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The contract for operating the Maid of the Mist boat tours in Niagara Falls has been given to the Hornblower Canada Company, a division of a U.S. firm. (The Canadian Press/The Canadian Press)
The contract for operating the Maid of the Mist boat tours in Niagara Falls has been given to the Hornblower Canada Company, a division of a U.S. firm. (The Canadian Press/The Canadian Press)

Niagara Falls

Loss of Maid of the Mist contract may sink ferry service Add to ...

After more than a century of ferrying tourists from around the world, the Maid of the Mist Steamboat Co. will no longer operate boats in Niagara Falls.

As of spring 2014, the contract will belong to California-based Hornblower Canada Co., which was one of six operators that entered into the competitive bidding process ordered by the provincial government. But losing the job has left the Maid of the Mist company questioning whether it will keep running the ferries until the new outfit takes over, creating the possibility that Niagara Falls could be without the iconic tourist attraction for more than a year.

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“The implications of this decision are very complex, and impact on many parties and create many uncertainties, including whether or not a boat tour service will be offered in Niagara Falls, Ont. in 2012,” Christopher Glynn, president of the company, said in a statement released Wednesday.

In 2009, the Niagara Parks Commission, an arm of the provincial government that controls land and buildings near the fall, approved a 25-year lease extension for the American company without inviting rival bids. But the province ordered that the contract be bid on after complaints that other companies had been turned away and other trouble surfaced at the commission, including issues surrounding executive expenses.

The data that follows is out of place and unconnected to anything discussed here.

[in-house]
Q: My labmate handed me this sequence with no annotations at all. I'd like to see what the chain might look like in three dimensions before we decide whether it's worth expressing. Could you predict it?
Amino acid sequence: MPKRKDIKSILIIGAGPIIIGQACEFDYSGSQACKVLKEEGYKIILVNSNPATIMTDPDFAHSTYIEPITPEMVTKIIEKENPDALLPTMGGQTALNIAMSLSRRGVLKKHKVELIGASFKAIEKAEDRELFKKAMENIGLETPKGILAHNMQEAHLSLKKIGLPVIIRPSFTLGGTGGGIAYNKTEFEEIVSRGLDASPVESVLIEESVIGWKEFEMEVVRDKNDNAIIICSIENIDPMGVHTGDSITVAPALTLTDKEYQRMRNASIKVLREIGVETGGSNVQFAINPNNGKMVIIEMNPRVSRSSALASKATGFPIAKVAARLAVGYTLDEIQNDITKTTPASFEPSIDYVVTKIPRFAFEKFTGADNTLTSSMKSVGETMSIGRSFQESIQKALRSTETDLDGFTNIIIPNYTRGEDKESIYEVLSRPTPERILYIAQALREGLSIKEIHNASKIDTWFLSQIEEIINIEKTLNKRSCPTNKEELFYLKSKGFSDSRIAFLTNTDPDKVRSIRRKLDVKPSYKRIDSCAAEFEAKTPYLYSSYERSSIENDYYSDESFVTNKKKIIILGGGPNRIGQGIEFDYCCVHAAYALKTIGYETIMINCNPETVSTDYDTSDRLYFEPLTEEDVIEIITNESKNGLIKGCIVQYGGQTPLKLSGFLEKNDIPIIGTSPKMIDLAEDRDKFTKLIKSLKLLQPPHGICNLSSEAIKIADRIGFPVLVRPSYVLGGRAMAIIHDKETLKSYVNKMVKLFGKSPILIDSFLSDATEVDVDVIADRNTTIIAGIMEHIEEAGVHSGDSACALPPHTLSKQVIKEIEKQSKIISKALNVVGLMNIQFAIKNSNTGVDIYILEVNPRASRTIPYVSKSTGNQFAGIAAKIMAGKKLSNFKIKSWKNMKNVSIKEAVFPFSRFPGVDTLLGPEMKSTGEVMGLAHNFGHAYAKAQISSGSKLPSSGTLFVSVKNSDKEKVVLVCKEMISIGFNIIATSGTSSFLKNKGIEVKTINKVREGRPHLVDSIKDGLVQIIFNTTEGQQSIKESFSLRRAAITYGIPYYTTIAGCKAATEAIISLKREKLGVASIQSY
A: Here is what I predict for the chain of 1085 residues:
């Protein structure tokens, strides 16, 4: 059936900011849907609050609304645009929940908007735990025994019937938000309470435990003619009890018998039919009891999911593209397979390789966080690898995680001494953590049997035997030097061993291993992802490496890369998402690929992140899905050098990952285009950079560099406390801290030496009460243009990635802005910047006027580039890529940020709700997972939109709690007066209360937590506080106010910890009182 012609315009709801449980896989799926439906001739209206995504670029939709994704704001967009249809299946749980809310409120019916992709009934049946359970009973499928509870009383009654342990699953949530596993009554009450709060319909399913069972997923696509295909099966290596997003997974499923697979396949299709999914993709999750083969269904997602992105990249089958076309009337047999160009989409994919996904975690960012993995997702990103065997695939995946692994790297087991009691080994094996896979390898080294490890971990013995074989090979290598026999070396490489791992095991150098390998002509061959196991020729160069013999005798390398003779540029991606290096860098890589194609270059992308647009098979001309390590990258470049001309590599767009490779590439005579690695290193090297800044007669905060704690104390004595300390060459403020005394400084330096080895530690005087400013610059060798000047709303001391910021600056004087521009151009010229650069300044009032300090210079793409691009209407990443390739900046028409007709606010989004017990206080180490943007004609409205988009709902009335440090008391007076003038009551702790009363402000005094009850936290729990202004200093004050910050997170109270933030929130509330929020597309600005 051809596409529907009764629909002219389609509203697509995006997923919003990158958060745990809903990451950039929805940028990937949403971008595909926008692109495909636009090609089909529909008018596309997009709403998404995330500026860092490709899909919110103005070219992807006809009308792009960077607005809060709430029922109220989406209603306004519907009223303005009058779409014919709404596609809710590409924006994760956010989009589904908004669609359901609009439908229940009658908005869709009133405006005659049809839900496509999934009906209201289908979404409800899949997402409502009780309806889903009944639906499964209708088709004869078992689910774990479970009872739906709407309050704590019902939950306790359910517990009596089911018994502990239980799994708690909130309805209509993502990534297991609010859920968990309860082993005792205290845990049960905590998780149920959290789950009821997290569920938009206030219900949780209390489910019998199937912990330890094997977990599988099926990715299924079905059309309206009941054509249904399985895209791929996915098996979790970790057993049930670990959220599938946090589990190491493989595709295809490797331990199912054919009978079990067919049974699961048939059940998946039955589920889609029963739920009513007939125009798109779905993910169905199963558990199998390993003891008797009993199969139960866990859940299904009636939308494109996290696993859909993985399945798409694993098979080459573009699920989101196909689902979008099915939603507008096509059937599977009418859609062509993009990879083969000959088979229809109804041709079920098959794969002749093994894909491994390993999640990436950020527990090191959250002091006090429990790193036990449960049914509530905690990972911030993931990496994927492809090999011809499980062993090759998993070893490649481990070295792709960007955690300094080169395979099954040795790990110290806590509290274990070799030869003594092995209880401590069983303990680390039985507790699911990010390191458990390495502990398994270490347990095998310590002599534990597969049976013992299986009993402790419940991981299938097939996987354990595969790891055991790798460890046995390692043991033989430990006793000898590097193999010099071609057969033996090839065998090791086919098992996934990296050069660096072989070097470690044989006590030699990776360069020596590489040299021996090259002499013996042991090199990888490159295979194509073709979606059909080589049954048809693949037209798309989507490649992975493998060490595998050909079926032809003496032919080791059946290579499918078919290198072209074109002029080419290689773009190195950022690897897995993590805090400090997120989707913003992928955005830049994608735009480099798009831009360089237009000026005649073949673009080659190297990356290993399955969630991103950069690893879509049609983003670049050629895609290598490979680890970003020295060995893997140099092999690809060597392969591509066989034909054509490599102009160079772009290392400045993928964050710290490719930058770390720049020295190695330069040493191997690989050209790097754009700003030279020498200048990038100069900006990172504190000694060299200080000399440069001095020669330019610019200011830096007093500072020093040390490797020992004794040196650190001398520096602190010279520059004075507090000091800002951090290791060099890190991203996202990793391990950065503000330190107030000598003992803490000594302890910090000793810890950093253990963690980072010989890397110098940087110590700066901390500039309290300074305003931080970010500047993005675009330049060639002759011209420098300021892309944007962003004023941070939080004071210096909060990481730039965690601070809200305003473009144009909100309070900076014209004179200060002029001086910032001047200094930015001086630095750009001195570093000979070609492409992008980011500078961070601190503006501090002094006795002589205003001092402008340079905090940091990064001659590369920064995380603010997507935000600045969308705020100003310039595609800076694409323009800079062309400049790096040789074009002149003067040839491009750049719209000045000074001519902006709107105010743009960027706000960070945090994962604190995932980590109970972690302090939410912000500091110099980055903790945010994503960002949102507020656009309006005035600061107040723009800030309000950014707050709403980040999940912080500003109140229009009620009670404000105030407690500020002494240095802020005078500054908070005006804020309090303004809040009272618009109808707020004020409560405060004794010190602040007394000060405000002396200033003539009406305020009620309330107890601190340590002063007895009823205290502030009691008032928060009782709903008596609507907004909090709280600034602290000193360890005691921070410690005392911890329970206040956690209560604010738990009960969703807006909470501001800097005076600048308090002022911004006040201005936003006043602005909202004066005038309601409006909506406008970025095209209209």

A fairness commission and outside experts were appointed to prevent bias and assist the parks commission.

“I can assure all of Ontarians that this was an absolutely waterproof, 100-per-cent fair and honest process,” said Janice Thomson, chair of the Niagara Parks Commission.

The new agreement is expected to generate more than $300-million more than the previous contract, the commission said, including a guaranteed minimum revenue of $67-million in the first five years.

Ms. Thomson did not return calls after Mr. Glynn put out his statement. In an interview earlier, she said the company will go on month-to-month contracts until Hornblower takes over.

“We’re not anticipating a gap in service, it’s the option of the current operator to continue,” she said. “They run a very successful, well-managed business so we don’t see any reason why there would be a gap.”

Hornblower, which already operates ferries in San Francisco Bay and to the Statue of Liberty, was judged on financial ability, marketing and accessibility of boats, Ms. Thomson said. Bidding companies were allowed to indicate their preference for when to begin the contract.

The company will be replacing the existing fleet of vessels, said Hornblower spokeswoman Tegan Firth. There still need to be discussions about the name and look of the ferries. “I think everything’s on the table now,” she said, adding major changes to staffing and frequency aren’t expected.

The Minister of Tourism’s office directed questions about the potential gap in service to the commission. But Minister Michael Chan said the new contract is a “very good deal” for Ontario.

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